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Volume 24 No. 117
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          Suns President & CEO Jerry Colangelo said that "there
     will be some major rules changes put in place" for the '99-
     2000 NBA season when the Board of Governors meets this fall,
     according to Mike Kahn of CBS SportsLine.  Colangelo said
     Saturday that the "rules and competition committee is too
     unwieldy," as "too many" committee members "have been self-
     serving because of the way their coach wants to coach or the
     way the team is made up."  Colangelo: "We need to do things
     to clean up the game" (CBS SportsLine, 5/8).  Colangelo said
     NBA Commissioner David Stern and NBA Senior VP/Operations
     Rod Thorn "will put together a committee to address the
     scoring drought."  Colangelo: "This is the time to do it. 
     You're going to see a different game next year, and that's
     exciting" (AZ REPUBLIC, 5/9).  In Boston, Michael Holley
     wrote that scoring numbers are the "most frightening stat
     for the basketball present and future" (BOS. GLOBE, 5/9).
          THE GAME'S THE THING: In Vancouver, Lowell Ullrich
     wrote under the header, "Still Love This Game?"  Ullrich:
     "It's bad everywhere.  Really bad.  The teams that began the
     playoffs Saturday are the best of a bad lot" (Vancouver
     PROVINCE, 5/9).  In St. Pete, Hubert Mizell wrote that this
     season, the NBA was "clobbered by a widening gallery of
     critics, for its questionable artistry and overcooked in-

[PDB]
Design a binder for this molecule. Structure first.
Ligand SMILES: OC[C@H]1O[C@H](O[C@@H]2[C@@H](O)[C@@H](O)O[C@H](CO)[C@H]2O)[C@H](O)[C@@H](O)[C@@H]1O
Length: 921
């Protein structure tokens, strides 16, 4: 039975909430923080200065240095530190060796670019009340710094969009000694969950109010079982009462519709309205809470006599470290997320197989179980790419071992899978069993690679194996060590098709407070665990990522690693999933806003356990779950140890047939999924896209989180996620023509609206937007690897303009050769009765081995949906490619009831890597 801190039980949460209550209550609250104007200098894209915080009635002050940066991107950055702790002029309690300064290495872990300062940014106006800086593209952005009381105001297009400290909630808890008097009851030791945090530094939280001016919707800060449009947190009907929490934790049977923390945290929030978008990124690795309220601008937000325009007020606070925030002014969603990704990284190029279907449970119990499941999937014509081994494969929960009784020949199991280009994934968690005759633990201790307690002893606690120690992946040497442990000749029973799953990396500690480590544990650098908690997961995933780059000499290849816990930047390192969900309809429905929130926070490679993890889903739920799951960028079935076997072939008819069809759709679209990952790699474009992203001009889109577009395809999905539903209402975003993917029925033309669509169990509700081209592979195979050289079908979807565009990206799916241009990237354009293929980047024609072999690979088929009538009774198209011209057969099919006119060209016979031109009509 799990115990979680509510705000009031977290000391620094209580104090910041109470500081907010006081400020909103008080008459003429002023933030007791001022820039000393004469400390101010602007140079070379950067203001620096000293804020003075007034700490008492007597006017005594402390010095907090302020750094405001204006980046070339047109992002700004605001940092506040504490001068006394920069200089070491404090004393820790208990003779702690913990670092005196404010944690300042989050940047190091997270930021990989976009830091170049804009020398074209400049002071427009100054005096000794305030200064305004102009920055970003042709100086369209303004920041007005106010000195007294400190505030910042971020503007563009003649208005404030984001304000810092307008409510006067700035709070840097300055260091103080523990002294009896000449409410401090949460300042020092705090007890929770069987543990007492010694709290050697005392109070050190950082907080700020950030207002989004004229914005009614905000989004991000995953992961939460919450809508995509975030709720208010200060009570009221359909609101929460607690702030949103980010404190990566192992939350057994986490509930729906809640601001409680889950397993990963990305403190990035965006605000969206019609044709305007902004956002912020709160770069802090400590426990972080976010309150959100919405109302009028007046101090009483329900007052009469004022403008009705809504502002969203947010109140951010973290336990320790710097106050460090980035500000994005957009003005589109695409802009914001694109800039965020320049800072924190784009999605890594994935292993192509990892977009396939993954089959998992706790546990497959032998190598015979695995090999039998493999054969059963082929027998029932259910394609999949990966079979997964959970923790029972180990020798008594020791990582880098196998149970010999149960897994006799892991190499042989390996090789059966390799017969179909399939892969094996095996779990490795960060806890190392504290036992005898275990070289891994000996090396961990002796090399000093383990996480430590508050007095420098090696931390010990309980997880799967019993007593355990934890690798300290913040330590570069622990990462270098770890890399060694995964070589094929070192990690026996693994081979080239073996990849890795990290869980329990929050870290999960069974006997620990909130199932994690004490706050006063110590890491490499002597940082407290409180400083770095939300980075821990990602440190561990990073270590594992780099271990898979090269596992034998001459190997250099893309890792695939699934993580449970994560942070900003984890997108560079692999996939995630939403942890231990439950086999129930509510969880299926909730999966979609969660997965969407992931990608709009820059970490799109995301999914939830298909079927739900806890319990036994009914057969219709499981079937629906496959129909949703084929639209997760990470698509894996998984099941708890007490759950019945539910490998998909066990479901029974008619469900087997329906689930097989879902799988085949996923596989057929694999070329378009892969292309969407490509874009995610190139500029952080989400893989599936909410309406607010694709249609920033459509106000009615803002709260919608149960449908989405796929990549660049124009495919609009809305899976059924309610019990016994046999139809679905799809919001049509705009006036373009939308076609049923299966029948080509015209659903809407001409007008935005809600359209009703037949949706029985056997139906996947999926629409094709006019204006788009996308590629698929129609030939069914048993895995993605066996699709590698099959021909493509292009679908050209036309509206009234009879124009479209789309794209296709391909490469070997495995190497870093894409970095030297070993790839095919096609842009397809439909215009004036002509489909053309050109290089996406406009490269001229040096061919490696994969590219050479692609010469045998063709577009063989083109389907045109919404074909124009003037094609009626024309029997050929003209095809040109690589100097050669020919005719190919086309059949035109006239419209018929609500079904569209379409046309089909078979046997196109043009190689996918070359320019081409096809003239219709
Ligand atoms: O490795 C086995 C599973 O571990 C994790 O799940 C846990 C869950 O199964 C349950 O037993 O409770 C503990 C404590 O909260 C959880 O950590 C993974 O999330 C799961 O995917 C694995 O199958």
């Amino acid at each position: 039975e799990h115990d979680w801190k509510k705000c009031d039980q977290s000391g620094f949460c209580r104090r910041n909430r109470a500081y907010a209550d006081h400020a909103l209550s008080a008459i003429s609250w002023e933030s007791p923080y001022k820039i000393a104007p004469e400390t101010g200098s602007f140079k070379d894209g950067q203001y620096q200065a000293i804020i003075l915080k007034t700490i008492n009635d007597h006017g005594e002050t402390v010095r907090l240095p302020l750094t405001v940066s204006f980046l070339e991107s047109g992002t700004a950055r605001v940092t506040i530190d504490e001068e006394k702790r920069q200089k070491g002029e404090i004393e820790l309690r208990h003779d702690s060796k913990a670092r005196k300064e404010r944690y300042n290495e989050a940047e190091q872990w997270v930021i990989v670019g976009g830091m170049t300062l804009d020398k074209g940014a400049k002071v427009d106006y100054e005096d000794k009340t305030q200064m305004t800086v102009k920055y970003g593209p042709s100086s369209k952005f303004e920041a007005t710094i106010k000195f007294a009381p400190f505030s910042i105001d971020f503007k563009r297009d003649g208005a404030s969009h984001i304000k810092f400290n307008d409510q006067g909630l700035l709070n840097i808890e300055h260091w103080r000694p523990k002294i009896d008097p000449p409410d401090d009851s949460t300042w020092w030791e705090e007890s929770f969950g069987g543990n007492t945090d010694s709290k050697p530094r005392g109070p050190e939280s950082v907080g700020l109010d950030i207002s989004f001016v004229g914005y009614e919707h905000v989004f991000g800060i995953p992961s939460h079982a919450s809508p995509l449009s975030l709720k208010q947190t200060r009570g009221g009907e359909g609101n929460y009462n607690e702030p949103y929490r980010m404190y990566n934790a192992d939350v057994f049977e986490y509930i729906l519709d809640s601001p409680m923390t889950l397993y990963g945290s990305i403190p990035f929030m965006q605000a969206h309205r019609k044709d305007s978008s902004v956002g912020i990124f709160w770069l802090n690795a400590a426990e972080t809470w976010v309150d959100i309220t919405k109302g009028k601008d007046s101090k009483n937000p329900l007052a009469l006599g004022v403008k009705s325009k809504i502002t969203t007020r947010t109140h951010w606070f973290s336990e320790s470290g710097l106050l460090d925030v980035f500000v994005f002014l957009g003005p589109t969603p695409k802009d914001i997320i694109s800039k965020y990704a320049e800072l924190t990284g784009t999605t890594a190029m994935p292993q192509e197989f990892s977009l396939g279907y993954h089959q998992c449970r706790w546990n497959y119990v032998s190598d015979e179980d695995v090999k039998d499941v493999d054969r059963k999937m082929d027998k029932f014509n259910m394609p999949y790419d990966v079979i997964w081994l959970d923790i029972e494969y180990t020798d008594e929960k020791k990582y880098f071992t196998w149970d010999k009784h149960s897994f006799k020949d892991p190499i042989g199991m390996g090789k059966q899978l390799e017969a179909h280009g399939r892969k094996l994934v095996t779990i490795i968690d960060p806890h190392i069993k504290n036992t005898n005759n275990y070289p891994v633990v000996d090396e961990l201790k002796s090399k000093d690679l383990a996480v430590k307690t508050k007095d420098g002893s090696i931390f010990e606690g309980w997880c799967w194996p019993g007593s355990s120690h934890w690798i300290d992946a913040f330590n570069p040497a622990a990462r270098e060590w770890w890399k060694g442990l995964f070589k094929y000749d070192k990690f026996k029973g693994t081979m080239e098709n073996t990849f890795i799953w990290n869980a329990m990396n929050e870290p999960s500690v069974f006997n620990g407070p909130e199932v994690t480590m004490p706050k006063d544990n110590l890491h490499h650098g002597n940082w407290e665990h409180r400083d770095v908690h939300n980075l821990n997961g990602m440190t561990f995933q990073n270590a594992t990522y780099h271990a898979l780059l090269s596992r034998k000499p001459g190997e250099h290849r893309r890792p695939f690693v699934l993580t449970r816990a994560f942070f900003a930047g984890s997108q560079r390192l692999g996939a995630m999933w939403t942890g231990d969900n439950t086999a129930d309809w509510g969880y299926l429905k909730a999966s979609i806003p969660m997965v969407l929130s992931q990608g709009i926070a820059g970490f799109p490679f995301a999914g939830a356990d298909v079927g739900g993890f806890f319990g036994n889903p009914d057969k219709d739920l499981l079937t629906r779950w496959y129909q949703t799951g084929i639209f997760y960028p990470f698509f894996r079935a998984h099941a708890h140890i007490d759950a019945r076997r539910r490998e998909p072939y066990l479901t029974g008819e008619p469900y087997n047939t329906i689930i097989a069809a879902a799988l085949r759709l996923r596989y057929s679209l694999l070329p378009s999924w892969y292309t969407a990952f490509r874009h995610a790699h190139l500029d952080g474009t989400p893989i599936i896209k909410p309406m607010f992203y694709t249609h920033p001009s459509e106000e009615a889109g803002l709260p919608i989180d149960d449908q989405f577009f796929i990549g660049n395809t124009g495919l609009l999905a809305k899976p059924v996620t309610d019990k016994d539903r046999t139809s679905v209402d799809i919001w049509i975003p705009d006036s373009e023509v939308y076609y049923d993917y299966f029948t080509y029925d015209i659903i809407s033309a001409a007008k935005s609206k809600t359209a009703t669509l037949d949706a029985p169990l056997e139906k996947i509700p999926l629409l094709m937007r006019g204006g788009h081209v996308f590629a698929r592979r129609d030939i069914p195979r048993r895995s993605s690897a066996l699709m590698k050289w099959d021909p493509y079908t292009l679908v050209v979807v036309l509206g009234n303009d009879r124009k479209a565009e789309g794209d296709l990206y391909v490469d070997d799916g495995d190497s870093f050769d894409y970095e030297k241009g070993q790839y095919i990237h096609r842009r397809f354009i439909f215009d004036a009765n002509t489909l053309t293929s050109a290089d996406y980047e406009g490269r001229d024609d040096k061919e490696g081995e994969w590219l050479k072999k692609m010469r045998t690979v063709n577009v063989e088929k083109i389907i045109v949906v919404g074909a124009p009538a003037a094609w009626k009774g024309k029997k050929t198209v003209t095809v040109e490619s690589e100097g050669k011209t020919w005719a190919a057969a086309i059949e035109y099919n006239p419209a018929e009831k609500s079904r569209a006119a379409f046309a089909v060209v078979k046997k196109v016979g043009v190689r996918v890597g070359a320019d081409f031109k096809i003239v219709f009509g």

your-face mentality."  Mizell: "I worked at not being jaded
     by the NBA lockout. ... But, over the NBA short haul, I
     couldn't conjure up much care" (ST. PETERSBURG TIMES, 5/9).
          THE WELTS HAS RUN DRY: Departing NBA Exec VP & CMO Rick
     Welts called the '98-99 lockout-shortened season "the most
     difficult year" the league has ever been through, and added
     that "there was a lot of residual damage" from the lockout. 
     Welts, on CBA negotiating: "We had a real resolve that if we
     get it right, we'll have an extended period of growth.  If
     we got it wrong, it will take a long time to get it back." 
     In Seattle, Art Thiel writes that the NBA "did get it
     right," in that it "crushed the union and the agents" by
     "winning a hard salary cap and rookie salary scale." Welts:
     "There was a lot of residual damage.  It's like any other
     consumer-product business -- it can take years and years to
     come back.  But we tried to learn from other sports about
     how to recover" (SEATTLE POST-INTELLIGENCER, 5/10).
          HUNTED BECOMES HUNTER:  NBPA Exec Dir Billy Hunter
     "sent an end-of-the-season mailing" to the union which
     "seems to dispel the notion that the union was pummelled
     during the contentious labor negotiations."  The average
     salary increased from $2.3M to $2.8M, while median salary
     increased from $1.4M to $1.7M.  Also increasing was the
     number of players who made between $1-2M, from 74 in '98 to
     112 in '99 (N.Y. TIMES, 5/9).  Charles Barkley: "We used to
     be overpaid and underworked.  Now, this season, we're
     overworked and underpaid."  ESPN's Mark Schwartz:
     "Underpaid?" Barkley: "Oh yeah.  The way they worked us this
     season, we're underpaid" ("SportsCenter," 5/9).